Happy Tail: Rabbits make warren peace

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Peggy Hanson and her husband, who live in Seattle, had four bunnies that got along with each other very well. A co-worker also had a rabbit, but didn’t have time to play with her, so she asked if Peggy would take her in.

Snowy and Everest

Read about Everest (on the right) in Peggy’s own words.

What’s one more? Peggy thought, so she agreed to add Snowy to her colony, or warren (in the sense of community, not underground burrows). Rabbits can be finicky about their friends, and “despite our best efforts to introduce her properly,” Peggy says, “the girl rabbits started fighting with her and especially with each other.” Peace was in short supply in the Hanson rabbit colony.

What’s one more? Peggy asked herself again when she came up with a solution: adopt yet another rabbit so Snowy would have her own pal.

A friend mentioned a rabbit named Everest that she’d seen on Petfinder, so Peggy took a look. Everest was “an adorable rabbit with helicopter ears just like Snowy,” a neutered male who had been rescued and raised at Special Bunny, located in Carnation, WA, since infancy. Peggy praises the shelter and one can see why. When she applied to adopt him and explained the situation, the rescue offered to bond Everest with Snowy. Now that’s good service.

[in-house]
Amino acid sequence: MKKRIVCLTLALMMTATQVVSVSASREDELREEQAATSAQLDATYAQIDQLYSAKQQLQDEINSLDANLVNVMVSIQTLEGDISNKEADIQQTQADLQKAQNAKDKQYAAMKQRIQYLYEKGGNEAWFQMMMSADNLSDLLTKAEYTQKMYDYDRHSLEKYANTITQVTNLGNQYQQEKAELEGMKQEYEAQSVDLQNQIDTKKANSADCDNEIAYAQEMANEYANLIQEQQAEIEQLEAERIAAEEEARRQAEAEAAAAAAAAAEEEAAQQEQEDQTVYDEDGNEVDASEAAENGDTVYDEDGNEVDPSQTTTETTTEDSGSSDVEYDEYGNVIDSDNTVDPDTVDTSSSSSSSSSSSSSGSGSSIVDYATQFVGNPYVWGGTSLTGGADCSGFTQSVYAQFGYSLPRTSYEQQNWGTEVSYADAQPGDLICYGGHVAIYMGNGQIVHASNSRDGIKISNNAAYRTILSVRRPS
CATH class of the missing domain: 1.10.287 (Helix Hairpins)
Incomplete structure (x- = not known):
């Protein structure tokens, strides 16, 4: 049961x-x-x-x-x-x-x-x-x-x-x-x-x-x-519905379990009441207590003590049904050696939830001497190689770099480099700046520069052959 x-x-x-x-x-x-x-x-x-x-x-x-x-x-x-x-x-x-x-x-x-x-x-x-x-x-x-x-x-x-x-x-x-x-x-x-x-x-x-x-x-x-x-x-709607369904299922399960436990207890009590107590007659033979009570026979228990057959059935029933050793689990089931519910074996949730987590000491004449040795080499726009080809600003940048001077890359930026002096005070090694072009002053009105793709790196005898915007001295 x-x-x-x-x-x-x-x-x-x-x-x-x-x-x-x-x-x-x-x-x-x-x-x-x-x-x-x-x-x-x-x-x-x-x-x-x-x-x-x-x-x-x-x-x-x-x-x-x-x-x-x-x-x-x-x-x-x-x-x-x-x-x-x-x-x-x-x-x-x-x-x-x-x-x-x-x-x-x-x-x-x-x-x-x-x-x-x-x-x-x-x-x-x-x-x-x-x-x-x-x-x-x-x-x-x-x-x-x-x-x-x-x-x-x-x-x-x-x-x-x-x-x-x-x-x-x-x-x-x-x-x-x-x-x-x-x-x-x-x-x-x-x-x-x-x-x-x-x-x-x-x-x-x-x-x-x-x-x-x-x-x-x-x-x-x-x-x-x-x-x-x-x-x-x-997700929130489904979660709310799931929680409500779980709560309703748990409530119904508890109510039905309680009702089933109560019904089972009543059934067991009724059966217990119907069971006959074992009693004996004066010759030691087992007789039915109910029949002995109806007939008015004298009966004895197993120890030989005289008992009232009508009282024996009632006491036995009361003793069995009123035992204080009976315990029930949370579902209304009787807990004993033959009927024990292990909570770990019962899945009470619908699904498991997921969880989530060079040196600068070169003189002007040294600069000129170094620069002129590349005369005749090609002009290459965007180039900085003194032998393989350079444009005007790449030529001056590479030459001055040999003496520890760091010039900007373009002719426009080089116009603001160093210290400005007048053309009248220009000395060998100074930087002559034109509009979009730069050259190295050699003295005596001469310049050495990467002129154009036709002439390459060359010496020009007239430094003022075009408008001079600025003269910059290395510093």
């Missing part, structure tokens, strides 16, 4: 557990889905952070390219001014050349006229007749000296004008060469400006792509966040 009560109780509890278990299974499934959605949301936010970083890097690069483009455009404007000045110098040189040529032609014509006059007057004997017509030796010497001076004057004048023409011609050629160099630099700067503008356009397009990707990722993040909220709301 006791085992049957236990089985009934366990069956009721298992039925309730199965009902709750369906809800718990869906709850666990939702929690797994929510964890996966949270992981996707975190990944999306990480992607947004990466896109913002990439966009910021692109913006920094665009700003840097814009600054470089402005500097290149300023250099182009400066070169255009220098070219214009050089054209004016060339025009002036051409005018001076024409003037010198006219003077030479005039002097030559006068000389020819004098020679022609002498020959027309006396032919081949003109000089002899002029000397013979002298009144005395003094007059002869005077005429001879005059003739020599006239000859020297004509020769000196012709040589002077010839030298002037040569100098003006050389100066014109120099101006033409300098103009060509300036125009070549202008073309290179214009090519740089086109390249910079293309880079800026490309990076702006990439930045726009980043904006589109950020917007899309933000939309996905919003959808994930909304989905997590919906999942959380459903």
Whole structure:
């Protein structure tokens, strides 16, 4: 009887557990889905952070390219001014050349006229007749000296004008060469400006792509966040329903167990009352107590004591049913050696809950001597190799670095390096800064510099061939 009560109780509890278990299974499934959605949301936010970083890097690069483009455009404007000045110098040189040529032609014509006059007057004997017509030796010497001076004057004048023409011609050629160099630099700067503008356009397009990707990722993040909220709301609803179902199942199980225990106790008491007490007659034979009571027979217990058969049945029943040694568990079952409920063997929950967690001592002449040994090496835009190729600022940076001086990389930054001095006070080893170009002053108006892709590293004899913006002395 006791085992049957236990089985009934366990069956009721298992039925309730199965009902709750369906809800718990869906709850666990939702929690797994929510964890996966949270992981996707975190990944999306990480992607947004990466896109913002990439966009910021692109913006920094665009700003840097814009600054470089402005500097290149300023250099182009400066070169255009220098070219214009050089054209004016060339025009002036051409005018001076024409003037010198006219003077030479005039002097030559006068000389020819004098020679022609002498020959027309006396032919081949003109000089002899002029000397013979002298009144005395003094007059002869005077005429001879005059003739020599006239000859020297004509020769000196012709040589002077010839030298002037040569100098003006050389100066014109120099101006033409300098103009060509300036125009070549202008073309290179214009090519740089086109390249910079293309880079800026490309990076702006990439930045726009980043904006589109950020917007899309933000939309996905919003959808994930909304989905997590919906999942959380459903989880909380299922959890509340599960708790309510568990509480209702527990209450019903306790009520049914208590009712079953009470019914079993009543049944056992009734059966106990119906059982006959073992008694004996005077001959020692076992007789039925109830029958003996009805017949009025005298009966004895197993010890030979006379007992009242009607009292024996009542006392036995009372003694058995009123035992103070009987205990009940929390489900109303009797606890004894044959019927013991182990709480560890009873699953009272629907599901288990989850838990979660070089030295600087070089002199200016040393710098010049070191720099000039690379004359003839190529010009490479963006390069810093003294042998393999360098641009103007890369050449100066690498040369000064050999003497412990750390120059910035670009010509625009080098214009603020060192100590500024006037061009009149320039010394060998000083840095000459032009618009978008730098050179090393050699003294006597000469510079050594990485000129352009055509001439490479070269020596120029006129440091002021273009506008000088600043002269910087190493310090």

Fortunately, the two rabbits took to each other immediately, so the adoption was finalized.

“They are crazy about each other, head butting, grooming each other, romping about our secure backyard with the dogs, and hanging out with us and sharing treats,” Peggy says. “In the photo, they have just kicked all of their hay out of the litter box so they can zoom around and kick up their heels, chase each other, eating hay on occasion when they want a snack.”  Peace reigned in the warren again.

February is Adopt-A-Rescued-Rabbit Month, a good time to learn more about rabbits as pets.

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